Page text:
A good friend of mine with two teenage boys told me pregnancy is like walking up to a large set of double doors and waiting. Then unexpectedly, they burst open and you are bathed in a blinding white light that you step through into a complete unknown (excuse any parallels to death).
Well our wait at the doors was ‘normal’. Then one week past our due date, Amy’s labour began. There I was, ever vigilant with pen and paper and stopwatch (iPhone). We tried different positions where Amy hung off me on the deck, staring at blossoming trees, used her ball, sat, crouched, stood, walked, sat then finally hit the bath. Now this is an audience of moms so I needn’t describe in detail the mounting discomfort that creeps up. We existed moment to moment and I watched the one I love become more and more pained. I held her hand, a cold compress to her forehead and breathed along with her as she looked at me with a burning desire for relief. That’s when we called in the marines. Our marine is General Tracy Gerster with the East York Midwives Clinic (and her band of merry troops—shout out!). I shuddered as Tracy said, “Why didn’t you call earlier?”.
At this point Amy and I were both grateful to have a third person in the house, someone to call the shots, someone to explain the sensations, position mom, call in back-up, set up accoutrements that turned our master suite into a triage. And through this all I could think was, “How can I take the pain away from the love of my life?” It’s an emotional and powerless position. Men daydream of saving their wife from peril, being the hero. Truth is Amy entered the zone—a zone where real superheroes reside. I witnessed a metamorphosis that truly blew my mind. My timid, sweet, seemingly-fragile partner became a blazing, red-hot woman succumbing to nature and all I could do is quietly whisper accolades and encouragements.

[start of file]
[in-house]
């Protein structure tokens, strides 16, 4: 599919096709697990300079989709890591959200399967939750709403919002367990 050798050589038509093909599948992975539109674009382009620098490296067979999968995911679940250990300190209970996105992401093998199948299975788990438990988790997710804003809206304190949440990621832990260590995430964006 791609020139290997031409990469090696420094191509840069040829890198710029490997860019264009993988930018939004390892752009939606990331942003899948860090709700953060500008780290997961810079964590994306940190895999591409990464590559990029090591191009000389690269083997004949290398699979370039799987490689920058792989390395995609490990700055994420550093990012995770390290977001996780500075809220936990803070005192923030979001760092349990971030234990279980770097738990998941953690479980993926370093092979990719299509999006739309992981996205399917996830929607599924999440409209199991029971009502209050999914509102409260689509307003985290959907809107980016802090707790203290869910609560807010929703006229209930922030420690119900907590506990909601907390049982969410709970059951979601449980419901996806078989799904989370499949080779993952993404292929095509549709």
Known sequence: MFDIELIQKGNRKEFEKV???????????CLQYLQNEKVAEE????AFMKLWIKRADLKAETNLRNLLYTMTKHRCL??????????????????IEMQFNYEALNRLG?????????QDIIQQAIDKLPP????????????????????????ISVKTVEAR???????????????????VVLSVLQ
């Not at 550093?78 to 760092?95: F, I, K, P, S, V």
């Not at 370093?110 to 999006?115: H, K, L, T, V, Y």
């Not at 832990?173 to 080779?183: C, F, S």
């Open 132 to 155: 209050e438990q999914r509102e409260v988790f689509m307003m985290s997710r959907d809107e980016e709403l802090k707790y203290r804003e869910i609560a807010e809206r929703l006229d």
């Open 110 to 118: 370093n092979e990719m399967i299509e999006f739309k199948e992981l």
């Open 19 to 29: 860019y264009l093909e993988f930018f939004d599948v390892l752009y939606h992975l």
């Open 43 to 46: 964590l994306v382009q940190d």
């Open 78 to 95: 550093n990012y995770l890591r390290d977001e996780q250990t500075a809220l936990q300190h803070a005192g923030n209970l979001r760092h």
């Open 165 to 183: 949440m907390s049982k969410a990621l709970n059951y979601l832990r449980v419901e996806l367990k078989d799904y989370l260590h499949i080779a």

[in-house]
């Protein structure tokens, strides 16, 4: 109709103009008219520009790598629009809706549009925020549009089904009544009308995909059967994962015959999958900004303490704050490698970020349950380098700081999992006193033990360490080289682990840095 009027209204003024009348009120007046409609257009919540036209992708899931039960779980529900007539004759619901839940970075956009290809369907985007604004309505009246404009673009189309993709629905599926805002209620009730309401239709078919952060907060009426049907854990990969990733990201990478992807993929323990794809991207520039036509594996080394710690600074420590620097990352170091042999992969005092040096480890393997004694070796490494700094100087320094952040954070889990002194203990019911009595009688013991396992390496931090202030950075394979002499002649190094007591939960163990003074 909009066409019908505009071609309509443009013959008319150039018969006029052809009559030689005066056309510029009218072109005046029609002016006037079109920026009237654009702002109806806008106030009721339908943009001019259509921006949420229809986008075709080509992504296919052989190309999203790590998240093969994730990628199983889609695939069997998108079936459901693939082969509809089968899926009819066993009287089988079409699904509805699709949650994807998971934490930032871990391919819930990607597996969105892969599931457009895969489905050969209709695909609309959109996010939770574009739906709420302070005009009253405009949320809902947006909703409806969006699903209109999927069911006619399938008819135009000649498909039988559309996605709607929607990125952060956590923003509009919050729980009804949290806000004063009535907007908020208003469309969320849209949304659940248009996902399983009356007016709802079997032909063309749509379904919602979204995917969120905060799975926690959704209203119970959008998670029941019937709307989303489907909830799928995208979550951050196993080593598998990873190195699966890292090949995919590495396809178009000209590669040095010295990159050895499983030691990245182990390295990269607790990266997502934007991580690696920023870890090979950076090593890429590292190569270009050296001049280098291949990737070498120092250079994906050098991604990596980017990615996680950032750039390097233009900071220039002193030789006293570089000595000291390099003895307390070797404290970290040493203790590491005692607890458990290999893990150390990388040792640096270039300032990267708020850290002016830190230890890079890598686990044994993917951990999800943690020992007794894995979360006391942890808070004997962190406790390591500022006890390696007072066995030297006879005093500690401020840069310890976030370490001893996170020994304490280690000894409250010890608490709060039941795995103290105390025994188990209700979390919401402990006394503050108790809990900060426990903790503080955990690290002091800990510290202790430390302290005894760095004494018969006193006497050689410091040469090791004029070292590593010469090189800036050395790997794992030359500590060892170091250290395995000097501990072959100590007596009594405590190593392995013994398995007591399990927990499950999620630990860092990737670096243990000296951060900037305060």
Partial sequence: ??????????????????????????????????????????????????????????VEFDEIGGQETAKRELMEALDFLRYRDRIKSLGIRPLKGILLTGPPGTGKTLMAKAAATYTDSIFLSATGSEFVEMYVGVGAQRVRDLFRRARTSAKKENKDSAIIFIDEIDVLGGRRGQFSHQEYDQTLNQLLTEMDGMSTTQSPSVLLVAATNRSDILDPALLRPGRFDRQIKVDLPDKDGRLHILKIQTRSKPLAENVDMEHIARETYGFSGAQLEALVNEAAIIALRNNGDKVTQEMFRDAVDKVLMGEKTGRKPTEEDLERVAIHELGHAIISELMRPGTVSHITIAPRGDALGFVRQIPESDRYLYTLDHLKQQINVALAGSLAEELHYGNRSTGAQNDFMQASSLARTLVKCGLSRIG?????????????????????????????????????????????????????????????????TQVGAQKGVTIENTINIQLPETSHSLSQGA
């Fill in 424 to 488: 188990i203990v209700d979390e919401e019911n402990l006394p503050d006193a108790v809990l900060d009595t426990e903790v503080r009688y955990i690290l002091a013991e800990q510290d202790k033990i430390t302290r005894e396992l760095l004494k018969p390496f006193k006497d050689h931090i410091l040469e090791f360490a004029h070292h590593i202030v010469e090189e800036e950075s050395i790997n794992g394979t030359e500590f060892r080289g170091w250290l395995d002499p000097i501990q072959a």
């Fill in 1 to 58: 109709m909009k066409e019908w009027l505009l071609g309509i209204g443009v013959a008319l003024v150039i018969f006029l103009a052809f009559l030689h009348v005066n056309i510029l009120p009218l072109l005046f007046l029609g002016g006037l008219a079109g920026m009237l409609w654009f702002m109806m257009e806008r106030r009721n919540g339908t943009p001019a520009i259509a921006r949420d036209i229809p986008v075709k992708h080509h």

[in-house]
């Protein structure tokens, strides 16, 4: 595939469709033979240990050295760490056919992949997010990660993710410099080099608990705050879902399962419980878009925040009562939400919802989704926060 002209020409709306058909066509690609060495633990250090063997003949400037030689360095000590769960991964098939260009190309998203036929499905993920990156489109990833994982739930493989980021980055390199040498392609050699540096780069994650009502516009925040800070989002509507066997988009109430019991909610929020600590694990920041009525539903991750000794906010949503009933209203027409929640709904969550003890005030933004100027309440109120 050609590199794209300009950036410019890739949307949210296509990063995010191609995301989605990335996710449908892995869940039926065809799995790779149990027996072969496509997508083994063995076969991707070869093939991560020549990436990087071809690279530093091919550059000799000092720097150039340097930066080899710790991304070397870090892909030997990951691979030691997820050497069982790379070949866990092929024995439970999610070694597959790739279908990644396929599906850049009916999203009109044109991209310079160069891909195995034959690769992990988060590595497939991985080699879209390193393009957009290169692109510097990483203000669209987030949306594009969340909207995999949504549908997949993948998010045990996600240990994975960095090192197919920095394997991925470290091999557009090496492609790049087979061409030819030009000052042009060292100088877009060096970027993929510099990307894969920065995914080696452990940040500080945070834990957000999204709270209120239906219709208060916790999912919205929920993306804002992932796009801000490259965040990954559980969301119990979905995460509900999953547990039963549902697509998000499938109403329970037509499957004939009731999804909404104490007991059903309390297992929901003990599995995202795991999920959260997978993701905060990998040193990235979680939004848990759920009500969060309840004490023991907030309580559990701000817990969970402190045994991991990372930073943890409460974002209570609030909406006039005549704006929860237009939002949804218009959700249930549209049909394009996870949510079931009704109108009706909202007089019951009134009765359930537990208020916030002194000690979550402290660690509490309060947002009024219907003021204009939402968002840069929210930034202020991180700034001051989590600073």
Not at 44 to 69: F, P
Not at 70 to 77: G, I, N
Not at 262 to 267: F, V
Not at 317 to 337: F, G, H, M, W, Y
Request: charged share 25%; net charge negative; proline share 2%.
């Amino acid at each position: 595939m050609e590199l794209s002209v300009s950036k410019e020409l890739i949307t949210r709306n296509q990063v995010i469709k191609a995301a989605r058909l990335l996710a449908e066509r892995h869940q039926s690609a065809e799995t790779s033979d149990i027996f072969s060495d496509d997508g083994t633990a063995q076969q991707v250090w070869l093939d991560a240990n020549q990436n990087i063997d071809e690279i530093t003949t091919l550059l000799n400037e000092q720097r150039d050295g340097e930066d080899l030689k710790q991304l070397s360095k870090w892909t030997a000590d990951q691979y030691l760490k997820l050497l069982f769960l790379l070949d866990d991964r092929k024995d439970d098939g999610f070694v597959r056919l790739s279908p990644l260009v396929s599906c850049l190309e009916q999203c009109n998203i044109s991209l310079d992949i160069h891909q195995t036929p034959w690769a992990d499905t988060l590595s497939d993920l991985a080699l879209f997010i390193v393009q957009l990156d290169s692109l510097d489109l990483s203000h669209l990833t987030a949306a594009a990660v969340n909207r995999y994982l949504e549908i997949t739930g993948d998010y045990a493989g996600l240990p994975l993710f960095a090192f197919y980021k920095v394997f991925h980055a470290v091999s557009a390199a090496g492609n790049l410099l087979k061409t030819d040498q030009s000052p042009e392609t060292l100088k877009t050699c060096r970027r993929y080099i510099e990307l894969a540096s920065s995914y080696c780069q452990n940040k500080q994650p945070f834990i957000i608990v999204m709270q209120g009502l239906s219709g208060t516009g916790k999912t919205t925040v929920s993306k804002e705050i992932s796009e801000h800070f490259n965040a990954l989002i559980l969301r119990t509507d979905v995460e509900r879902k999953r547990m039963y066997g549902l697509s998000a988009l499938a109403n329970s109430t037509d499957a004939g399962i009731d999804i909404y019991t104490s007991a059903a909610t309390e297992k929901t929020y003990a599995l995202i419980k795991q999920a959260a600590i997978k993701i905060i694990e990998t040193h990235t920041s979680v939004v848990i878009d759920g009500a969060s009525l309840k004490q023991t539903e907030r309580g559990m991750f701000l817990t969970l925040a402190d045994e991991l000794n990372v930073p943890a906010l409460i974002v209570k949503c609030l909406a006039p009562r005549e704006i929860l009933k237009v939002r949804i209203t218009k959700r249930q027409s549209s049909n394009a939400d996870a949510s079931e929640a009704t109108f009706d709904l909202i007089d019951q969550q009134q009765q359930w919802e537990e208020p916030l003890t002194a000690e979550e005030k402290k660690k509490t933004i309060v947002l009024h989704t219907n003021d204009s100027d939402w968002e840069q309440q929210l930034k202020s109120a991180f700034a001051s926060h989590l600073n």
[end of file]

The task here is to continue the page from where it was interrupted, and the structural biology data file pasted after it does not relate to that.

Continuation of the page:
Now if anyone had told Amy that Baxter was going to be almost 10 lbs, I’m sure we would have been in a sterile hospital with foreign comforts and strangers casually recapping their holiday weekend at our feet. Instead we were home resting on our bed with professionals we’re tempted to call family, and blinded by a bright whiteness on the other side of that door, a new-found family.
Next week: the Push present. I promise.